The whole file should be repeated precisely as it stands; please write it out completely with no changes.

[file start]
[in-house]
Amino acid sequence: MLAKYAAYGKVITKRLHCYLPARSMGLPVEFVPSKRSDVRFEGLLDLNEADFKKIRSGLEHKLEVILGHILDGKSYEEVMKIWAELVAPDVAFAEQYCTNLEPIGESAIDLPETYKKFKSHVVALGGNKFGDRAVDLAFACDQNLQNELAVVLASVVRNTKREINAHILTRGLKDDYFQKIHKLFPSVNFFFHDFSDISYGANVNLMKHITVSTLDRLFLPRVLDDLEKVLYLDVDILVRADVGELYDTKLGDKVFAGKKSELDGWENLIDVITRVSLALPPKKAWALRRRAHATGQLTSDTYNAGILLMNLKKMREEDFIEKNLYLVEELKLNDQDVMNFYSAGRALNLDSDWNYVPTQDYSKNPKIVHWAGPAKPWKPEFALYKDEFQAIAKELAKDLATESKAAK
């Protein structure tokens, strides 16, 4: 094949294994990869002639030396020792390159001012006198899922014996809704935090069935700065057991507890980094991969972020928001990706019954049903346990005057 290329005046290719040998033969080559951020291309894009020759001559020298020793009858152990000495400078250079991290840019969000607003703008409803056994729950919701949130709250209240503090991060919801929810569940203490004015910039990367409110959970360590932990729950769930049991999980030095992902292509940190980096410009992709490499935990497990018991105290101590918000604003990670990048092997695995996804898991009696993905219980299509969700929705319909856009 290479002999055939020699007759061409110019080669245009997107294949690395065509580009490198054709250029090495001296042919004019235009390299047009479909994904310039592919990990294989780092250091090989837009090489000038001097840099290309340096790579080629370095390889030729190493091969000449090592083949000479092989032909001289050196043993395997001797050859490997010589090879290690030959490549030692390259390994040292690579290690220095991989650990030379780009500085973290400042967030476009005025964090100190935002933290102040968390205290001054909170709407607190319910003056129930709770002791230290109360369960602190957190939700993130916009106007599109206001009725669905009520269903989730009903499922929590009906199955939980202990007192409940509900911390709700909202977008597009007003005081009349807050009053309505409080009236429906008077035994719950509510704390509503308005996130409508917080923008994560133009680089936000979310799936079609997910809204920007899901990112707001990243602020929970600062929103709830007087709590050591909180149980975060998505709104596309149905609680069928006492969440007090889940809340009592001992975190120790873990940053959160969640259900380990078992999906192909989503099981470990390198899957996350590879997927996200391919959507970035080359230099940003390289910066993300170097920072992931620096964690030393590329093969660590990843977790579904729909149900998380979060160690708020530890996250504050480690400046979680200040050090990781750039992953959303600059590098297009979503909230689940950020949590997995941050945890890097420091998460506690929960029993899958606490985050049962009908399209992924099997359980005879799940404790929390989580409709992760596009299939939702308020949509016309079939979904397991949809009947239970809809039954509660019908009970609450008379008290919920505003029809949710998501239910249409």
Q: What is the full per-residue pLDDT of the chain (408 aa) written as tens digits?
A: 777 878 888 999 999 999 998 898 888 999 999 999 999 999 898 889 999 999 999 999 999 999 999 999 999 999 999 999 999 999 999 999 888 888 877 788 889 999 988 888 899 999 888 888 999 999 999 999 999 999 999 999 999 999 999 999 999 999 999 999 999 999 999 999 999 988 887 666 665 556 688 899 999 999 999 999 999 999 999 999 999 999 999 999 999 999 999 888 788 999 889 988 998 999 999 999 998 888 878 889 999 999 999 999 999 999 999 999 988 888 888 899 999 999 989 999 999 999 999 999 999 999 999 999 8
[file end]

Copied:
[in-house]
Amino acid sequence: MLAKYAAYGKVITKRLHCYLPARSMGLPVEFVPSKRSDVRFEGLLDLNEADFKKIRSGLEHKLEVILGHILDGKSYEEVMKIWAELVAPDVAFAEQYCTNLEPIGESAIDLPETYKKFKSHVVALGGNKFGDRAVDLAFACDQNLQNELAVVLASVVRNTKREINAHILTRGLKDDYFQKIHKLFPSVNFFFHDFSDISYGANVNLMKHITVSTLDRLFLPRVLDDLEKVLYLDVDILVRADVGELYDTKLGDKVFAGKKSELDGWENLIDVITRVSLALPPKKAWALRRRAHATGQLTSDTYNAGILLMNLKKMREEDFIEKNLYLVEELKLNDQDVMNFYSAGRALNLDSDWNYVPTQDYSKNPKIVHWAGPAKPWKPEFALYKDEFQAIAKELAKDLATESKAAK
């Protein structure tokens, strides 16, 4: 094949294994990869002639030396020792390159001012006198899922014996809704935090069935700065057991507890980094991969972020928001990706019954049903346990005057 290329005046290719040998033969080559951020291309894009020759001559020298020793009858152990000495400078250079991290840019969000607003703008409803056994729950919701949130709250209240503090991060919801929810569940203490004015910039990367409110959970360590932990729950769930049991999980030095992902292509940190980096410009992709490499935990497990018991105290101590918000604003990670990048092997695995996804898991009696993905219980299509969700929705319909856009 290479002999055939020699007759061409110019080669245009997107294949690395065509580009490198054709250029090495001296042919004019235009390299047009479909994904310039592919990990294989780092250091090989837009090489000038001097840099290309340096790579080629370095390889030729190493091969000449090592083949000479092989032909001289050196043993395997001797050859490997010589090879290690030959490549030692390259390994040292690579290690220095991989650990030379780009500085973290400042967030476009005025964090100190935002933290102040968390205290001054909170709407607190319910003056129930709770002791230290109360369960602190957190939700993130916009106007599109206001009725669905009520269903989730009903499922929590009906199955939980202990007192409940509900911390709700909202977008597009007003005081009349807050009053309505409080009236429906008077035994719950509510704390509503308005996130409508917080923008994560133009680089936000979310799936079609997910809204920007899901990112707001990243602020929970600062929103709830007087709590050591909180149980975060998505709104596309149905609680069928006492969440007090889940809340009592001992975190120790873990940053959160969640259900380990078992999906192909989503099981470990390198899957996350590879997927996200391919959507970035080359230099940003390289910066993300170097920072992931620096964690030393590329093969660590990843977790579904729909149900998380979060160690708020530890996250504050480690400046979680200040050090990781750039992953959303600059590098297009979503909230689940950020949590997995941050945890890097420091998460506690929960029993899958606490985050049962009908399209992924099997359980005879799940404790929390989580409709992760596009299939939702308020949509016309079939979904397991949809009947239970809809039954509660019908009970609450008379008290919920505003029809949710998501239910249409």
Q: What is the full per-residue pLDDT of the chain (408 aa) written as tens digits?
A: 777 878 888 999 999 999 998 898 888 999 999 999 999 999 898 889 999 999 999 999 999 999 999 999 999 999 999 999 999 999 999 999 888 888 877 788 889 999 988 888 899 999 888 888 999 999 999 999 999 999 999 999 999 999 999 999 999 999 999 999 999 999 999 999 999 988 887 666 665 556 688 899 999 999 999 999 999 999 999 999 999 999 999 999 999 999 999 888 788 999 889 988 998 999 999 999 998 888 878 889 999 999 999 999 999 999 999 999 988 888 888 899 999 999 989 999 999 999 999 999 999 999 999 999 8